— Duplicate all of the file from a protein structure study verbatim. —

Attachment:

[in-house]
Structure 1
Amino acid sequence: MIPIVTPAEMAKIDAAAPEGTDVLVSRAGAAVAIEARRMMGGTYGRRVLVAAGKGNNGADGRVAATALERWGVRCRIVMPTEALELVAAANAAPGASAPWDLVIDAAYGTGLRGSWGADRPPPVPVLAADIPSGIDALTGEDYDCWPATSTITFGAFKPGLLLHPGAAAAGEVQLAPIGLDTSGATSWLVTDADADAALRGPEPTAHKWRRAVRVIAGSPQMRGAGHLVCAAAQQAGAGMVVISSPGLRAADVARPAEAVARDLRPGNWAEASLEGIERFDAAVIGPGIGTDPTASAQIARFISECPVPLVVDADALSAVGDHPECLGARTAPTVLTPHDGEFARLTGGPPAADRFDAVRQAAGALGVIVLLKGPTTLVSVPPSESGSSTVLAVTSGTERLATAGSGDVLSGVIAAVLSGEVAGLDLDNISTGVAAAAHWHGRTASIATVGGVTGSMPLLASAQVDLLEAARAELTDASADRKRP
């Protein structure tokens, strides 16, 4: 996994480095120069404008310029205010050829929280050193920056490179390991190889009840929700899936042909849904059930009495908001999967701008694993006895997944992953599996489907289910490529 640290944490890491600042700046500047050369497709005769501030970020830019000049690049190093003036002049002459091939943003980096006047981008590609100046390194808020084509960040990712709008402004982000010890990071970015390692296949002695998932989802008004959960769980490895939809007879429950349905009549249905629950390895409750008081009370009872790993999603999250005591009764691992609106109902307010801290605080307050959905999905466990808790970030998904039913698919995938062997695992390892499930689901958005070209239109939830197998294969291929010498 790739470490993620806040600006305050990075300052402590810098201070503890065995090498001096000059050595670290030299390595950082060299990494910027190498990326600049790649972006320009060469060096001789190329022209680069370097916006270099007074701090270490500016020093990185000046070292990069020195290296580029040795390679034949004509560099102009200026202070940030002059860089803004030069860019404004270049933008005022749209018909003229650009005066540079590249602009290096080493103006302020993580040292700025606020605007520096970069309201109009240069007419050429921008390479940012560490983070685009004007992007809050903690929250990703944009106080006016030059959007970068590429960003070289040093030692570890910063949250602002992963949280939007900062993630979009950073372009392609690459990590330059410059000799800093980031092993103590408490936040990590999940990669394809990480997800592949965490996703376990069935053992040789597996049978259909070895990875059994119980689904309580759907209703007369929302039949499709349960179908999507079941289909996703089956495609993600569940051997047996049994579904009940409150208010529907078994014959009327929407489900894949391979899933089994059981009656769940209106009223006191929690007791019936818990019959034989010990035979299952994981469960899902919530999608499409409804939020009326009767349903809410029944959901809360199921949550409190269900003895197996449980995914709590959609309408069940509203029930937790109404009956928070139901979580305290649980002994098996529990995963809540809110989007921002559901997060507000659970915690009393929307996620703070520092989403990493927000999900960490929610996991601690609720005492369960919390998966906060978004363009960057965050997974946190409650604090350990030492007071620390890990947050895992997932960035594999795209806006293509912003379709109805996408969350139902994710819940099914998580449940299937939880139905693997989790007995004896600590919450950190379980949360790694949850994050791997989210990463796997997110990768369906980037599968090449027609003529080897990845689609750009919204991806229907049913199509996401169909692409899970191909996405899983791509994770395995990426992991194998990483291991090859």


[in-house]
Structure 1
Amino acid sequence: MIPIVTPAEMAKIDAAAPEGTDVLVSRAGAAVAIEARRMMGGTYGRRVLVAAGKGNNGADGRVAATALERWGVRCRIVMPTEALELVAAANAAPGASAPWDLVIDAAYGTGLRGSWGADRPPPVPVLAADIPSGIDALTGEDYDCWPATSTITFGAFKPGLLLHPGAAAAGEVQLAPIGLDTSGATSWLVTDADADAALRGPEPTAHKWRRAVRVIAGSPQMRGAGHLVCAAAQQAGAGMVVISSPGLRAADVARPAEAVARDLRPGNWAEASLEGIERFDAAVIGPGIGTDPTASAQIARFISECPVPLVVDADALSAVGDHPECLGARTAPTVLTPHDGEFARLTGGPPAADRFDAVRQAAGALGVIVLLKGPTTLVSVPPSESGSSTVLAVTSGTERLATAGSGDVLSGVIAAVLSGEVAGLDLDNISTGVAAAAHWHGRTASIATVGGVTGSMPLLASAQVDLLEAARAELTDASADRKRP
């Protein structure tokens, strides 16, 4: 996994480095120069404008310029205010050829929280050193920056490179390991190889009840929700899936042909849904059930009495908001999967701008694993006895997944992953599996489907289910490529 640290944490890491600042700046500047050369497709005769501030970020830019000049690049190093003036002049002459091939943003980096006047981008590609100046390194808020084509960040990712709008402004982000010890990071970015390692296949002695998932989802008004959960769980490895939809007879429950349905009549249905629950390895409750008081009370009872790993999603999250005591009764691992609106109902307010801290605080307050959905999905466990808790970030998904039913698919995938062997695992390892499930689901958005070209239109939830197998294969291929010498 790739470490993620806040600006305050990075300052402590810098201070503890065995090498001096000059050595670290030299390595950082060299990494910027190498990326600049790649972006320009060469060096001789190329022209680069370097916006270099007074701090270490500016020093990185000046070292990069020195290296580029040795390679034949004509560099102009200026202070940030002059860089803004030069860019404004270049933008005022749209018909003229650009005066540079590249602009290096080493103006302020993580040292700025606020605007520096970069309201109009240069007419050429921008390479940012560490983070685009004007992007809050903690929250990703944009106080006016030059959007970068590429960003070289040093030692570890910063949250602002992963949280939007900062993630979009950073372009392609690459990590330059410059000799800093980031092993103590408490936040990590999940990669394809990480997800592949965490996703376990069935053992040789597996049978259909070895990875059994119980689904309580759907209703007369929302039949499709349960179908999507079941289909996703089956495609993600569940051997047996049994579904009940409150208010529907078994014959009327929407489900894949391979899933089994059981009656769940209106009223006191929690007791019936818990019959034989010990035979299952994981469960899902919530999608499409409804939020009326009767349903809410029944959901809360199921949550409190269900003895197996449980995914709590959609309408069940509203029930937790109404009956928070139901979580305290649980002994098996529990995963809540809110989007921002559901997060507000659970915690009393929307996620703070520092989403990493927000999900960490929610996991601690609720005492369960919390998966906060978004363009960057965050997974946190409650604090350990030492007071620390890990947050895992997932960035594999795209806006293509912003379709109805996408969350139902994710819940099914998580449940299937939880139905693997989790007995004896600590919450950190379980949360790694949850994050791997989210990463796997997110990768369906980037599968090449027609003529080897990845689609750009919204991806229907049913199509996401169909692409899970191909996405899983791509994770395995990426992991194998990483291991090859």